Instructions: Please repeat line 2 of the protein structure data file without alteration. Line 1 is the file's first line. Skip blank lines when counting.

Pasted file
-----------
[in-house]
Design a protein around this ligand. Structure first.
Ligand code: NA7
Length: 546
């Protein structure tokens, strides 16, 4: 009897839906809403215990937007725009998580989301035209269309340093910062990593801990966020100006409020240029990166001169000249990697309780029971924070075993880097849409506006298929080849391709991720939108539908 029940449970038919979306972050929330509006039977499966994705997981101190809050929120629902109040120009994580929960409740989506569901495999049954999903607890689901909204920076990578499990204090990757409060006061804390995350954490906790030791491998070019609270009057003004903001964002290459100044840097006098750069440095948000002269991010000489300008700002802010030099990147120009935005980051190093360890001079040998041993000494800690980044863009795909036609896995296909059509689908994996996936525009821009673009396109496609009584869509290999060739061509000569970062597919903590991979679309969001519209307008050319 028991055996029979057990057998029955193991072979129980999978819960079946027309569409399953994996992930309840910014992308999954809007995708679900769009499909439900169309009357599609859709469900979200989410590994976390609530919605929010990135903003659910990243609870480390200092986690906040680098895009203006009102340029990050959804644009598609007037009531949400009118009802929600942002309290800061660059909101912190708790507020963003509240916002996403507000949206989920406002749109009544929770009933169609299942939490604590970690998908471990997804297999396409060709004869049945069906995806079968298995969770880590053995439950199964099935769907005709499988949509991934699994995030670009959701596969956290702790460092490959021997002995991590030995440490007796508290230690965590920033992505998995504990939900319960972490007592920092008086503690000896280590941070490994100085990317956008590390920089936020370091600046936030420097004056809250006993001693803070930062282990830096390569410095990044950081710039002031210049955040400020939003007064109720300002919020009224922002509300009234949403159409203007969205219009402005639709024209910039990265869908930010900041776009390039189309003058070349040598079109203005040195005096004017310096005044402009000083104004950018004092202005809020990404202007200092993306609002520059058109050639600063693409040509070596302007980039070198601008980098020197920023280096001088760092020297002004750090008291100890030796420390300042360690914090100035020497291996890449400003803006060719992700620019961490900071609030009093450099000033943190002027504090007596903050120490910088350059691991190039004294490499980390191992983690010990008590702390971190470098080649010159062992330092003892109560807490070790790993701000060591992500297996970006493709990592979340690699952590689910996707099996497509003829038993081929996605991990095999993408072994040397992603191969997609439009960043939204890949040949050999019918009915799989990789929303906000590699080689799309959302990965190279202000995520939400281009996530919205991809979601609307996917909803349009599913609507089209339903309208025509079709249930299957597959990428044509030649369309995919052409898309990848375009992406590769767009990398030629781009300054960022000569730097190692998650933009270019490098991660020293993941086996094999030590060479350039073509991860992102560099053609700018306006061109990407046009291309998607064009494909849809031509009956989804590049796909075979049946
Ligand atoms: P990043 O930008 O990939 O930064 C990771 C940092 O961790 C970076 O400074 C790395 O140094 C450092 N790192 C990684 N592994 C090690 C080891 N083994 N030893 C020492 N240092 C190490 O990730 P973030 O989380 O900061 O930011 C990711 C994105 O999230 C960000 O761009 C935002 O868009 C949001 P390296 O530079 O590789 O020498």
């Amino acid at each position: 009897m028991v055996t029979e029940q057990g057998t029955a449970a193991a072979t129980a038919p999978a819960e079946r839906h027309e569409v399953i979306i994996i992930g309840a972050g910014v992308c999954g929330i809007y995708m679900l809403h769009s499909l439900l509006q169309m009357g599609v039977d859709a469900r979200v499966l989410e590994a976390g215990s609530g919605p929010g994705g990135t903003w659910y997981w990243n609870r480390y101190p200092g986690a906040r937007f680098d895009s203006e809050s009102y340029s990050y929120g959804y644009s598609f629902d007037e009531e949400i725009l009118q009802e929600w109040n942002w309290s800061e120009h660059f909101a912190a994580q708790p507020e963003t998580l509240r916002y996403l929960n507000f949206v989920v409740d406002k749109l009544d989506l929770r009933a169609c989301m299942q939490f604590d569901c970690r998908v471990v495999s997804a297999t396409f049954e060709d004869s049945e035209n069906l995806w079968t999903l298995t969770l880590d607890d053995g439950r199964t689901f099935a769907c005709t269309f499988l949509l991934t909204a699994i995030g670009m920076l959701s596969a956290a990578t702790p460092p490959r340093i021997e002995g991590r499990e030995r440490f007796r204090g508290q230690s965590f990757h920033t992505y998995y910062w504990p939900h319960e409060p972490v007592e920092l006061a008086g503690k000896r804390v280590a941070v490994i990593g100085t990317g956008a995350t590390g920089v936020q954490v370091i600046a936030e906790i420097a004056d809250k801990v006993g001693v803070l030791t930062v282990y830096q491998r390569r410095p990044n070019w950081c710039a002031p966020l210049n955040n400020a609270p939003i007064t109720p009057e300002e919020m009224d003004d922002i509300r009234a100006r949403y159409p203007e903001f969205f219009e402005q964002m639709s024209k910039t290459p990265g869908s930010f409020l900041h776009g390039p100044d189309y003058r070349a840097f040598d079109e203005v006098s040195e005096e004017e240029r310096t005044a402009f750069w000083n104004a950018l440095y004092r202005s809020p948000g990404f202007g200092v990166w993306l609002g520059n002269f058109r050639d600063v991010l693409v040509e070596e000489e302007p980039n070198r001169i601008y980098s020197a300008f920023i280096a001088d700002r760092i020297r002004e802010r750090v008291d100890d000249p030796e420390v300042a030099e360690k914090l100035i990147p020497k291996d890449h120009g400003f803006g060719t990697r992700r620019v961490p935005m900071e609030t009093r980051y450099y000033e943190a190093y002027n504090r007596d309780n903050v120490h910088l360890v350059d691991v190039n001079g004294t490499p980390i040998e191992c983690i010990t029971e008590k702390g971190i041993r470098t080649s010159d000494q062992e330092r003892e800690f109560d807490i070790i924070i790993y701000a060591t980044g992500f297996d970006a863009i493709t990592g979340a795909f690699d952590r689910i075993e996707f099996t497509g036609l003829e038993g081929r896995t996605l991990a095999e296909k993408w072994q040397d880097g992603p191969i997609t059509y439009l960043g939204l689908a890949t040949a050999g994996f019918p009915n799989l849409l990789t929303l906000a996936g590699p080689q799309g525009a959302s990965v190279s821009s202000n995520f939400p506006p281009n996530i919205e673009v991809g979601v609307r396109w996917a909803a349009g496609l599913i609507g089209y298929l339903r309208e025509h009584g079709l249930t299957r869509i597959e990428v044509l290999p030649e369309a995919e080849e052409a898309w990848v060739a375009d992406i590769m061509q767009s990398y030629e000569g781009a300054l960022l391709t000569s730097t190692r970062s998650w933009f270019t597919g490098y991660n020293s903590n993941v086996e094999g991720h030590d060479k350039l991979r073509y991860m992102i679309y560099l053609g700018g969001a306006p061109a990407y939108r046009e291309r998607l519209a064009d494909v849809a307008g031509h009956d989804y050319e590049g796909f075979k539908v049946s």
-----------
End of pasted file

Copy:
Design a protein around this ligand. Structure first.